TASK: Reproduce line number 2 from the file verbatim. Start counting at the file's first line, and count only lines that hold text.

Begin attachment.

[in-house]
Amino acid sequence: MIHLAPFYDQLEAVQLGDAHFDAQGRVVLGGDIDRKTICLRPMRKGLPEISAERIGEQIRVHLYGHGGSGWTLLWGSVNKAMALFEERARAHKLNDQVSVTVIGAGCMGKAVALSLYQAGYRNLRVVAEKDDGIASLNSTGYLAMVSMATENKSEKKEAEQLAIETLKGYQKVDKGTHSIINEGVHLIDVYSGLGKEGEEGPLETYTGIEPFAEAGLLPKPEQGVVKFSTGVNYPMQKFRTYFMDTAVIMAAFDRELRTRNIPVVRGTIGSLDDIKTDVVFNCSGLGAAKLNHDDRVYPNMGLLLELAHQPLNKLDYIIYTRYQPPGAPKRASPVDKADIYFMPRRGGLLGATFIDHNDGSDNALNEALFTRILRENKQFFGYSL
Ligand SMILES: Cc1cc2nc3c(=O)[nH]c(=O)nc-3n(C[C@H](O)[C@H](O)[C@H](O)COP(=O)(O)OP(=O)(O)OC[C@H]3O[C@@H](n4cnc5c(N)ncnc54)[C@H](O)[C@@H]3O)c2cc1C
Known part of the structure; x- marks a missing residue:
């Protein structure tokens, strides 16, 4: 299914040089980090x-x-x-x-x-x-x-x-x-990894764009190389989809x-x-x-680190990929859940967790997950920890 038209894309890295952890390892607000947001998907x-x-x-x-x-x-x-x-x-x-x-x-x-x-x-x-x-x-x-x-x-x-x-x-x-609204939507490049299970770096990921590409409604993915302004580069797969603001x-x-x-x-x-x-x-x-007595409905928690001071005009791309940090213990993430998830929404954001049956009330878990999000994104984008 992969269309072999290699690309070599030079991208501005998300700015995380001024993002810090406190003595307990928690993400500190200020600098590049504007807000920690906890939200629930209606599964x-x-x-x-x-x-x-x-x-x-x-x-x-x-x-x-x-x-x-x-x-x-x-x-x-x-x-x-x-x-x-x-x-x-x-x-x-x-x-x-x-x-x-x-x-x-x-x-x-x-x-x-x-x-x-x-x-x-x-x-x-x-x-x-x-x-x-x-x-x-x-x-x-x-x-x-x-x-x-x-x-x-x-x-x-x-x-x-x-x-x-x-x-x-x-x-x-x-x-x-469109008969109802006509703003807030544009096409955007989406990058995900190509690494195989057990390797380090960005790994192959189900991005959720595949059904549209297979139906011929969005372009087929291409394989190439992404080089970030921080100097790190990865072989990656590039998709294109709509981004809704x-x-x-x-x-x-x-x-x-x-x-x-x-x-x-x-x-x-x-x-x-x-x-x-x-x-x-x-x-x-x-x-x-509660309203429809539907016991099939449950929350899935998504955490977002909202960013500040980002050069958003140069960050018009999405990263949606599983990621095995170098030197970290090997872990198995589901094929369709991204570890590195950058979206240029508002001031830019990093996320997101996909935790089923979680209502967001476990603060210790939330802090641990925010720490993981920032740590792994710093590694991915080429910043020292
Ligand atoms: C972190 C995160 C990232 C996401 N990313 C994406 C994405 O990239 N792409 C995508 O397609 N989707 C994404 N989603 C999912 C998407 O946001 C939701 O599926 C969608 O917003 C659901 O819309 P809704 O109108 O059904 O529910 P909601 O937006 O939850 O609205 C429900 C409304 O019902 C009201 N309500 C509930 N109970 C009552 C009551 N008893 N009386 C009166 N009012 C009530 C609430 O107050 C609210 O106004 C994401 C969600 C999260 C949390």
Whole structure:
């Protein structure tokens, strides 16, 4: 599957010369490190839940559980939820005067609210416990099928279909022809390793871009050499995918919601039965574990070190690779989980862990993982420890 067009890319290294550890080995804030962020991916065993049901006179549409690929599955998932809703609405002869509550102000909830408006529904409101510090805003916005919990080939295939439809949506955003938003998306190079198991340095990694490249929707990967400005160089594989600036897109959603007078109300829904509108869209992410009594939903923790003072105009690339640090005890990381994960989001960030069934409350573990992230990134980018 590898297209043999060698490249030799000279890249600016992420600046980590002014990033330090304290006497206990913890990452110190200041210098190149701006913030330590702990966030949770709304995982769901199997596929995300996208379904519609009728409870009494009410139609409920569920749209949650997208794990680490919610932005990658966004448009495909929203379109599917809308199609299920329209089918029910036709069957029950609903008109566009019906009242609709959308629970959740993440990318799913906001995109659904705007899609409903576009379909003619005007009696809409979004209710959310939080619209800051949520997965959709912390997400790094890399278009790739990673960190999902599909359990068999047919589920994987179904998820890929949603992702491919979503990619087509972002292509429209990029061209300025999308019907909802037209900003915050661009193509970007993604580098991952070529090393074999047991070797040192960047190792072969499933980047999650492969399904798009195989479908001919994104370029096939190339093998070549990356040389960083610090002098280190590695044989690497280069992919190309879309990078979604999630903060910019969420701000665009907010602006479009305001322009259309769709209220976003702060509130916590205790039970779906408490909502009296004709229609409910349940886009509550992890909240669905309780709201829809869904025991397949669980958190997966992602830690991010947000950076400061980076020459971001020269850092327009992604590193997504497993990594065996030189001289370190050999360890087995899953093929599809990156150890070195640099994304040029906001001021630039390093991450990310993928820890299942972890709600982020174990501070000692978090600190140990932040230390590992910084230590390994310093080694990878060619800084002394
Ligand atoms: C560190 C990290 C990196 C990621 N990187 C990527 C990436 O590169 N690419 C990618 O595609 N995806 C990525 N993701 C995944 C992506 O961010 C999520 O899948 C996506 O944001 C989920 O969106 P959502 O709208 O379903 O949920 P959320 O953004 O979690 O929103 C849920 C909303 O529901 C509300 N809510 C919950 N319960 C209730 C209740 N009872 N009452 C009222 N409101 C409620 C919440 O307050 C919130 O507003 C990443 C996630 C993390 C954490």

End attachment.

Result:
Amino acid sequence: MIHLAPFYDQLEAVQLGDAHFDAQGRVVLGGDIDRKTICLRPMRKGLPEISAERIGEQIRVHLYGHGGSGWTLLWGSVNKAMALFEERARAHKLNDQVSVTVIGAGCMGKAVALSLYQAGYRNLRVVAEKDDGIASLNSTGYLAMVSMATENKSEKKEAEQLAIETLKGYQKVDKGTHSIINEGVHLIDVYSGLGKEGEEGPLETYTGIEPFAEAGLLPKPEQGVVKFSTGVNYPMQKFRTYFMDTAVIMAAFDRELRTRNIPVVRGTIGSLDDIKTDVVFNCSGLGAAKLNHDDRVYPNMGLLLELAHQPLNKLDYIIYTRYQPPGAPKRASPVDKADIYFMPRRGGLLGATFIDHNDGSDNALNEALFTRILRENKQFFGYSL